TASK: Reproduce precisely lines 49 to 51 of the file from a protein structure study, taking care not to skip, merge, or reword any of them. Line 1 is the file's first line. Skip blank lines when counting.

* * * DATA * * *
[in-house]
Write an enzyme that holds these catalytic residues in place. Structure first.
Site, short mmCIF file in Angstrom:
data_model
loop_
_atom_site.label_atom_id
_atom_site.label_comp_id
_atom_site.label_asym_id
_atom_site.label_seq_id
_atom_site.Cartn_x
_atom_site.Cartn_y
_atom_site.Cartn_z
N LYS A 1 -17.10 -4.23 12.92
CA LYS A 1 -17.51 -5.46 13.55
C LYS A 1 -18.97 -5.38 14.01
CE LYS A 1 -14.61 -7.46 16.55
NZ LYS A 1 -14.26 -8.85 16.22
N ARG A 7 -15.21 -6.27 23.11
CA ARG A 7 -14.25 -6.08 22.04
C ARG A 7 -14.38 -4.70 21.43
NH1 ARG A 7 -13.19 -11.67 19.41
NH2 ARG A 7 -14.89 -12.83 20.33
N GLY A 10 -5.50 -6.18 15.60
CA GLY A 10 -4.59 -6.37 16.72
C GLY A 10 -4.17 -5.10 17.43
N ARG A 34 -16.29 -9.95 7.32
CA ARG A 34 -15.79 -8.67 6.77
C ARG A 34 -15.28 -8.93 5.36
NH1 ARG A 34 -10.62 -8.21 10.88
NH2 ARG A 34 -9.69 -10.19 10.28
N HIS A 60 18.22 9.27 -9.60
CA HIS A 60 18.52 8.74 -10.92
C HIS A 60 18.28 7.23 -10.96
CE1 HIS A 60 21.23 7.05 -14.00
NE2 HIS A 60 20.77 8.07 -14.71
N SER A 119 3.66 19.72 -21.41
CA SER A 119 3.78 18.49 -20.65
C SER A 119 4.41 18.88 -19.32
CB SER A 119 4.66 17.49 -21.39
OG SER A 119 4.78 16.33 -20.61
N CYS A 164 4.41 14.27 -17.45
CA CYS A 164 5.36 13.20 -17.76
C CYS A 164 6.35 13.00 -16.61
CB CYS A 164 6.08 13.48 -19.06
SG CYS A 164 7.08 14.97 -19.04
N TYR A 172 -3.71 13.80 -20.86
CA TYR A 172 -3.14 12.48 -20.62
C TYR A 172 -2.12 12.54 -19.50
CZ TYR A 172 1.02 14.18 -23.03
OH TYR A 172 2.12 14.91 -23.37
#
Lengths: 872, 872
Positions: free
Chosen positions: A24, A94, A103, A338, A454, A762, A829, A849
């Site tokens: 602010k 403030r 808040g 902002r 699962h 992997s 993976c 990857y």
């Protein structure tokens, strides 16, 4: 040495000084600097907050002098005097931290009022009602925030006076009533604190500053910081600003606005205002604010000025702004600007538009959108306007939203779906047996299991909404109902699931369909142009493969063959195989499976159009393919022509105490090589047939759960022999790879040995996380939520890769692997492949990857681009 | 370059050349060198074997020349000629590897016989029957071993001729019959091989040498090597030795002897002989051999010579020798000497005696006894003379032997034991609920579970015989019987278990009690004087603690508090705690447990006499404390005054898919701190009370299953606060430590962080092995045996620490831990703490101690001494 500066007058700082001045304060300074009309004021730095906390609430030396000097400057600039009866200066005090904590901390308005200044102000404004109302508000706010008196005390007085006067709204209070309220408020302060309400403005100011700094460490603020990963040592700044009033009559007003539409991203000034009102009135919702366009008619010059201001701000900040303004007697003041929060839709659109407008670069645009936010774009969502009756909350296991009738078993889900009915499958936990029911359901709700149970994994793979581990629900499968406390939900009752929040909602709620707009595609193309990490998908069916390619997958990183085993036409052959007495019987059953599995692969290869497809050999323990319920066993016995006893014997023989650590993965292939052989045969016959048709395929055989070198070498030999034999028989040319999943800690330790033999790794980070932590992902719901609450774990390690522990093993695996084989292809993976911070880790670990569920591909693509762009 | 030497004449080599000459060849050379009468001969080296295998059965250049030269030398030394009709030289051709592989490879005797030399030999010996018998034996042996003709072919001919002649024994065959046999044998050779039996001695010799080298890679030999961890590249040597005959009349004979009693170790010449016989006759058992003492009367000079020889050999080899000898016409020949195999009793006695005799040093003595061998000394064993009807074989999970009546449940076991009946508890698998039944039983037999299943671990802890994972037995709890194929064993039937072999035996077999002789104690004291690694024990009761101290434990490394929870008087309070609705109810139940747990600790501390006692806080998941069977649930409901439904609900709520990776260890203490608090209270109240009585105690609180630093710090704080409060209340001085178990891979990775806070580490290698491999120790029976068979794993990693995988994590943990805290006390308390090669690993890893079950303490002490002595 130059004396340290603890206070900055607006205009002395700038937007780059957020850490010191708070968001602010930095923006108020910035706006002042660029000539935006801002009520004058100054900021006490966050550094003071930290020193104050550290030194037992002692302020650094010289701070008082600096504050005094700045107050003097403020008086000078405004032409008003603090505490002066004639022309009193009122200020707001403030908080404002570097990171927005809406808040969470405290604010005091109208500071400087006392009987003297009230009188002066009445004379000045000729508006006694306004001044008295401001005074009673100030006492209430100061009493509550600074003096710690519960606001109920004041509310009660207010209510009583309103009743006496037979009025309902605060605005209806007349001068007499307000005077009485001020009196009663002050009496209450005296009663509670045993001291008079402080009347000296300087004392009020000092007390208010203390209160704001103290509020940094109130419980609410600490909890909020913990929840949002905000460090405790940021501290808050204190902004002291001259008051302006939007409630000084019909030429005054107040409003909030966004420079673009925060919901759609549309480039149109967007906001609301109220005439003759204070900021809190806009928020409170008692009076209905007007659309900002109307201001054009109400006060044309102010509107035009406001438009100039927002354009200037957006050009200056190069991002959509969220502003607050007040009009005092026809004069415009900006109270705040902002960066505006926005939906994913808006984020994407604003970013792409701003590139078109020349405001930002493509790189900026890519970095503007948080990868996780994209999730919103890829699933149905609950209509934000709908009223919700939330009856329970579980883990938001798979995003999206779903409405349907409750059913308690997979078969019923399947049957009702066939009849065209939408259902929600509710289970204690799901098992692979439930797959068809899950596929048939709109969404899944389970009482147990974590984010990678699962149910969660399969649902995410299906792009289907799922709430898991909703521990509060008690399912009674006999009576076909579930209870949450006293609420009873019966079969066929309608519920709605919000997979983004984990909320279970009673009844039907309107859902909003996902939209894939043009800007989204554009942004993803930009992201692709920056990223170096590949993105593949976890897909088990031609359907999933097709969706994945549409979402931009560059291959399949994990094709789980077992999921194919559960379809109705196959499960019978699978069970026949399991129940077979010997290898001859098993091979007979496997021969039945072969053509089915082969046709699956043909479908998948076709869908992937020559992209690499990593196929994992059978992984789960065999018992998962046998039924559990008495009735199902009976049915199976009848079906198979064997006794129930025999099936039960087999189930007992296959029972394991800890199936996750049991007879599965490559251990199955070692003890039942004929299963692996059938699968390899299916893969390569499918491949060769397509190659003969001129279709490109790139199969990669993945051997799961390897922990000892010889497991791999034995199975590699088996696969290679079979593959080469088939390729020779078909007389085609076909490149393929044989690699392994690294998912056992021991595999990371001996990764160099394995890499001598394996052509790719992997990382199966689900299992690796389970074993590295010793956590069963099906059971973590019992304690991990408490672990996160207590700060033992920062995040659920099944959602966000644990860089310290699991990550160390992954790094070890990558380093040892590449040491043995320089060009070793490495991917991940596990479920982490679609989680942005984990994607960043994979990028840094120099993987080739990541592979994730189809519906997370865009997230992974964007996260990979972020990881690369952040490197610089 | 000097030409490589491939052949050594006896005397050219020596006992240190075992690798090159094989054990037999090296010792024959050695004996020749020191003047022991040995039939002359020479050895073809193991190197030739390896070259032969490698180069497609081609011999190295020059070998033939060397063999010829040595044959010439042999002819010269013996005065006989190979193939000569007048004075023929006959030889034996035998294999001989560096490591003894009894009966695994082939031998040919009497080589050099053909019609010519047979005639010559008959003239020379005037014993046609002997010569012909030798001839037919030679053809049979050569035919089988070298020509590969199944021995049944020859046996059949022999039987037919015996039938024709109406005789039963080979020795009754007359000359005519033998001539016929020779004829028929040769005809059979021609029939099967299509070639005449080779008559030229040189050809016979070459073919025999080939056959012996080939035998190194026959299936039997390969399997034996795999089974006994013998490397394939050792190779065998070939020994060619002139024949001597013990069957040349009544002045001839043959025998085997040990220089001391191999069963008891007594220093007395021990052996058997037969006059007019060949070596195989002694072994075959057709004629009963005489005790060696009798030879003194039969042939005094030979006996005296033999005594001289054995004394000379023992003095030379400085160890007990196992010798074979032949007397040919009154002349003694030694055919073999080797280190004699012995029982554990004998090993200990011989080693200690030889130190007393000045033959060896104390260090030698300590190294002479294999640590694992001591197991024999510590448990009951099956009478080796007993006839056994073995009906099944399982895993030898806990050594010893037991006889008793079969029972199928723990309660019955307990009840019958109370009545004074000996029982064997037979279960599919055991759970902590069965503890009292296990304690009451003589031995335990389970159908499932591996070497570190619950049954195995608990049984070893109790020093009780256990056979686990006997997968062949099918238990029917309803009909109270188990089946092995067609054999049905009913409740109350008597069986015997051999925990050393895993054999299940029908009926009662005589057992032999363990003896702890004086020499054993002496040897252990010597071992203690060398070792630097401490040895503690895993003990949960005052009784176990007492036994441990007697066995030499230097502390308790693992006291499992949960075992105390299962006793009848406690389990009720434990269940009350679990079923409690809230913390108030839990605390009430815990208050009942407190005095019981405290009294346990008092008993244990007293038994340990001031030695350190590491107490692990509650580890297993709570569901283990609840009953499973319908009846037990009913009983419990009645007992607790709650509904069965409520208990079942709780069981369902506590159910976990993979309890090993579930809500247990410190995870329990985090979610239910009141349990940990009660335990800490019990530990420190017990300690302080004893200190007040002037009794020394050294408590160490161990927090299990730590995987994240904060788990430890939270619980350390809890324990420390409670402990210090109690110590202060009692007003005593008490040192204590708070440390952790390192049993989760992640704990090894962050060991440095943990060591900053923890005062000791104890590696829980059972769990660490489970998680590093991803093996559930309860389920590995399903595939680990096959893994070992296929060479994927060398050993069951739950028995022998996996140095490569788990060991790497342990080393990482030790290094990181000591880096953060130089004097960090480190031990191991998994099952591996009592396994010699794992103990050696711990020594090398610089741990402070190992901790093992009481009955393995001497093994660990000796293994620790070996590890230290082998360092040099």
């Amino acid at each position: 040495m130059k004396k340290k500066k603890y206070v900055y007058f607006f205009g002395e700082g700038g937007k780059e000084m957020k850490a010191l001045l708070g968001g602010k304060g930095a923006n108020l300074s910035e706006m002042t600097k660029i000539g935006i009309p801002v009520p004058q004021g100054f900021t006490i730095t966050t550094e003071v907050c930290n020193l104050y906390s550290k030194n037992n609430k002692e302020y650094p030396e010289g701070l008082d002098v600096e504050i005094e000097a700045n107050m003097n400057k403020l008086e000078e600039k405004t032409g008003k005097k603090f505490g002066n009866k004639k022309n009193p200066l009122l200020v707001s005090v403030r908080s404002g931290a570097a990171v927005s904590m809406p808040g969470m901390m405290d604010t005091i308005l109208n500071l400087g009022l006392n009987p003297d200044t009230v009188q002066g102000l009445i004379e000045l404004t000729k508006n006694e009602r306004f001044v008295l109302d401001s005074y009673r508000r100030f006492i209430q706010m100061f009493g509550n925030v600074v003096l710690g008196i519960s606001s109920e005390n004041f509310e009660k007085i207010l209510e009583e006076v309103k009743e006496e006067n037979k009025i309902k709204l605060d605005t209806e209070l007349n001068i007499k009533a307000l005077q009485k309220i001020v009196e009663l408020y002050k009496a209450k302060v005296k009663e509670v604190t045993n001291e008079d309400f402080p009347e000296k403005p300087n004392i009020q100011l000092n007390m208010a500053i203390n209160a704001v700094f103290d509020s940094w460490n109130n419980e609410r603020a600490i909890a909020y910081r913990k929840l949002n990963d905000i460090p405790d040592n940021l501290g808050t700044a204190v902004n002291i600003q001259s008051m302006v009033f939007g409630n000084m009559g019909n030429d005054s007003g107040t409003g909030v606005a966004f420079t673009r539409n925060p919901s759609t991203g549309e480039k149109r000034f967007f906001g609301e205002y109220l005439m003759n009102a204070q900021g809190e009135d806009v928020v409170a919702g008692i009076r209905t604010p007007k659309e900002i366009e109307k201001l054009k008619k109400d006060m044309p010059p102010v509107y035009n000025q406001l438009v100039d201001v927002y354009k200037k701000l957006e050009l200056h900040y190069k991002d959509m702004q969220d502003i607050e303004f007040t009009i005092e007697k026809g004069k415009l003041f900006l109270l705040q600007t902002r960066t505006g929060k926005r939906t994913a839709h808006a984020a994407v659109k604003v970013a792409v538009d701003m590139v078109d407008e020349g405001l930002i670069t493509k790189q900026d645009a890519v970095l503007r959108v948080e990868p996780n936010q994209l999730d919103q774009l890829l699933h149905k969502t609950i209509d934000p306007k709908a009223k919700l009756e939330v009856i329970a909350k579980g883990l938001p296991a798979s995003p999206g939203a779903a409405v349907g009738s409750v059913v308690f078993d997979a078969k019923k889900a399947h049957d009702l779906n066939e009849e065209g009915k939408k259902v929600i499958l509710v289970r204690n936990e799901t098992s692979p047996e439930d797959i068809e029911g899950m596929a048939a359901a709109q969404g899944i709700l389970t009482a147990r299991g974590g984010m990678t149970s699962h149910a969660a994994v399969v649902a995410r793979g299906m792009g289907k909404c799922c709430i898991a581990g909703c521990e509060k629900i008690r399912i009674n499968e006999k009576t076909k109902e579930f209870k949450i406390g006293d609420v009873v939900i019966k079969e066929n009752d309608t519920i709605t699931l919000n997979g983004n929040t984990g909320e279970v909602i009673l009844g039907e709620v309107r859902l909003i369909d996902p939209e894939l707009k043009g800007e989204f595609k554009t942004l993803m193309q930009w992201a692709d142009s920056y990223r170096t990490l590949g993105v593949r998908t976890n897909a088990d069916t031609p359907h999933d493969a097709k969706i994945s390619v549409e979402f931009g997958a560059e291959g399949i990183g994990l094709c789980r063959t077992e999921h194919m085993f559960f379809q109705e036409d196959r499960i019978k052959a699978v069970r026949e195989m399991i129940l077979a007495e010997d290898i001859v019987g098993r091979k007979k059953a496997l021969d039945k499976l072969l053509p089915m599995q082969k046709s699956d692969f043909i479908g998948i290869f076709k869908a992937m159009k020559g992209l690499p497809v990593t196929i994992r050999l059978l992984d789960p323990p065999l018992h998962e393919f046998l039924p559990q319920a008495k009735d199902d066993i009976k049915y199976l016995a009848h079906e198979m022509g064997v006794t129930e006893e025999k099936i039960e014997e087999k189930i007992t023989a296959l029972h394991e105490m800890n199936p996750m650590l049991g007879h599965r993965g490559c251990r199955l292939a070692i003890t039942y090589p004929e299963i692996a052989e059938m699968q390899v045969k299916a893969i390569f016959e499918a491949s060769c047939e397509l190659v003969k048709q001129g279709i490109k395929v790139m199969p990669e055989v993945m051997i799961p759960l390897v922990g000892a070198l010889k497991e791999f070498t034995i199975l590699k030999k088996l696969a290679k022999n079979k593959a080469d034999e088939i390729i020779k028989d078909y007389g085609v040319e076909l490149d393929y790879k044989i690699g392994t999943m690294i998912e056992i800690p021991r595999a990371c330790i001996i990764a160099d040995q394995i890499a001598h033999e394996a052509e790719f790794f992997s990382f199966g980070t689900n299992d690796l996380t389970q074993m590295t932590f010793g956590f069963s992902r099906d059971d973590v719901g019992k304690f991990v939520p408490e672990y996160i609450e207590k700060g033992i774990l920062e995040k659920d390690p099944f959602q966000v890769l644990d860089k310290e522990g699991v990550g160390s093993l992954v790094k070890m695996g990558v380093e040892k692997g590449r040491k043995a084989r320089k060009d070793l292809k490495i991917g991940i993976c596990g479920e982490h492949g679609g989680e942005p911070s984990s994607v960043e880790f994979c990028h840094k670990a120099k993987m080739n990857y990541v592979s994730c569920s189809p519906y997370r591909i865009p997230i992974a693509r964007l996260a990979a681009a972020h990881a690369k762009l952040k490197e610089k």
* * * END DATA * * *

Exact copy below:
CZ TYR A 172 1.02 14.18 -23.03
OH TYR A 172 2.12 14.91 -23.37
#